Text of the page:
Also it’s ridiculously expensive for Australians these days. Valve have implemented regional pricing, yet they charge Australians in US dollars. When the AUD is strong versus the USD, this isn’t much of an issue, but when the opposite is true, that $59.95 USD to “match” the US turns into close to $90 AUD. This is an absurd practice and one of the very worst out there. Either offer regional pricing in local currencies, or don’t. Fuck, it’s not that hard!
4: Scorpio isn’t that great
There’s a lot of talk about Microsoft’s next console, the Scorpio, including “true 4k gaming”. I highly doubt any of this will materialise in any meaningful way. The PS4 Pro doesn’t do full 4k, and PCs capable of maintaining 4k at a decent framerate are incredibly expensive, beyond the realms of a console. If you upset that price point too much, you’re going to shift the argument in favour of PCs over consoles – after all, if the brand new 4k console ends up being prohibitively expensive, why not just go all the way to a PC? I remain pretty skeptical about Scorpio, but I hope to be proven wrong all the same. True 4k games are going to be a big ask for a console (they already tax high end PCs!). Good luck to them, but I think it won’t be as impressive as everyone assumes.
3: “4k” and HDR starts to become relevant
Up until now, 4k has largely been confined to streaming media and Blurays. The number of people who actually play games at resolutions over 1080p is fairly small. That said, the PS4 Pro (even if it’s not true 4k) and perhaps the Scorpio next year will probably change that. 4k TVs are already coming down in price, and if easy, mass-market options exist for even near-4k experiences, I expect that it’ll take off significantly. We’ve been on 1080p for ages now, particularly in the PC sector – it’s time we outgrew it and moved on to the next big thing. Whether or not we start doing this to the significant expense of framerate in the console sector remains to be seen (we still compromise a bit on the PC after all).
As for HDR – until the PS4 Pro this was pretty much rarely mentioned, especially in the PC space (for the confused: I mean display HDR, not the graphical effect similar to Bloom). Supposedly this makes a massive difference (I haven’t seen it for myself yet, sadly) to the visual quality of games, so I’ll be interested to see if it too becomes mainstream as time goes on.
2: PC gaming remains… steady
PC gaming has somewhat stagnated a bit in my opinion. It’s not dying (don’t let anyone tell you any different) but it’s becoming a bit of a mess. We’ve got great hardware and we’re seeing some better support, but there’s still a lot of rubbish that the platform can’t seem to control. Awful console ports remain at the top of the list (and indies are just as guilty as AAA studios, believe it or not), as well as the shitshow that Steam has turned into. We still don’t have a really good way to do couch-gaming; it has too many compromises and is still too fiddly compared to the consoles. While we can leverage obscene amounts of power that puts consoles to shame, sometimes that comes at the cost of stability. Watch the Steam forums erupt with every new release crying about games not working for all sorts of reasons.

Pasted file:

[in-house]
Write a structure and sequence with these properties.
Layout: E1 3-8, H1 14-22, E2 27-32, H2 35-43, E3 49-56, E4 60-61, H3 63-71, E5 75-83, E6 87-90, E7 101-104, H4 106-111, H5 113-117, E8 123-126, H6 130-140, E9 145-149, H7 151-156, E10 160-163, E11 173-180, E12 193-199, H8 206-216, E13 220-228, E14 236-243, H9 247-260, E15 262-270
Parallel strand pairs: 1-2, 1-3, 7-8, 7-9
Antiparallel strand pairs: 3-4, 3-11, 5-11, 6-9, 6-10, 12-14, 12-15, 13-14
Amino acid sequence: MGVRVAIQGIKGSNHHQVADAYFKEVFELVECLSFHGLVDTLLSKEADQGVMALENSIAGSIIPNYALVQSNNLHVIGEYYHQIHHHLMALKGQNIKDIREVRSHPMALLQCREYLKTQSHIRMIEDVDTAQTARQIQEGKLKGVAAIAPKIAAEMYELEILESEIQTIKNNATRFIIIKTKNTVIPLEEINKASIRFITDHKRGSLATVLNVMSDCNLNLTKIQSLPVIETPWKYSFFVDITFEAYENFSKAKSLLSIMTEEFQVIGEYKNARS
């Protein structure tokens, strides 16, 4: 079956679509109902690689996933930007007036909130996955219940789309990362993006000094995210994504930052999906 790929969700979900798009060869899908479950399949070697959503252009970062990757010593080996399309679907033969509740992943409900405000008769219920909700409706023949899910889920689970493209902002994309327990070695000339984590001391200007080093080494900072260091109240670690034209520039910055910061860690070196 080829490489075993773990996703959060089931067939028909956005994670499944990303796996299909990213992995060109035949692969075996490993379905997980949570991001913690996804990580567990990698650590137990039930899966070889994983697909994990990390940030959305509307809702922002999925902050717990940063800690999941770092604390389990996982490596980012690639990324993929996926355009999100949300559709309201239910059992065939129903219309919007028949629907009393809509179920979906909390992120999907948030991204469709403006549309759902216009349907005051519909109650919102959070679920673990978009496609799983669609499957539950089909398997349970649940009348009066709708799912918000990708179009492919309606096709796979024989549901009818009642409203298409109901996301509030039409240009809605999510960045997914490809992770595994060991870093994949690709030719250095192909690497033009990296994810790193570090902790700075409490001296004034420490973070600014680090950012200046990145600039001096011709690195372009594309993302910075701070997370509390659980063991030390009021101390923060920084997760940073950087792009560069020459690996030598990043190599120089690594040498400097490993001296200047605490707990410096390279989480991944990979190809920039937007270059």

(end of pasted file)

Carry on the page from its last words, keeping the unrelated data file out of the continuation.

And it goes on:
And it’s easy to blame the end user – “Lol upgrade ur stuff n00b” – but really, after all this time, it shouldn’t be. I grew up with the dark days of DOS PC gaming, when you had to use the dark arts of bootdisks just to get sound to play in games. The fact that we’re still muddling our way through driver updates and INI tweaks isn’t encouraging. It’s still the superior platform, but damn it, we’re still grappling with issues from years ago. And all the early access indie games in the world won’t really make up for that.
1: VR remains a curiosity
I was relatively impressed with the Playstation VR, which I think is VR’s best hope given how comparatively cheap it is compared with a Rift or Vive. It’s plug and play for the most part, without a lot of cocking around, and it has titles that generally fall closer to legitimate games instead of technology demos. That said, it’s still got a long way to go – the viewport is very soft and comparatively low resolution, the PS4 sounds like a jet engine when it’s in use, and tracking is still a bit fiddly. As for the Rift and the Vive – well, they’re extremely expensive, and to get the most out of it you not only need an incredibly beefy PC but a lot of space as well.
Until VR develops further I think it’ll remain a curiosity first and foremost – a cool experience to try, but nothing that you want to do on a regular basis. I think as the technology improves this will probably change, but for now I doubt it’ll become mainstream. It’s still too expensive and lacks a compelling reason to go out and by it beyond simple curiosity. Granted for some people it’s game-changing, but for most? Eh, I don’t really think so.
So there you have it – a few predictions for this year. See you all in 2017!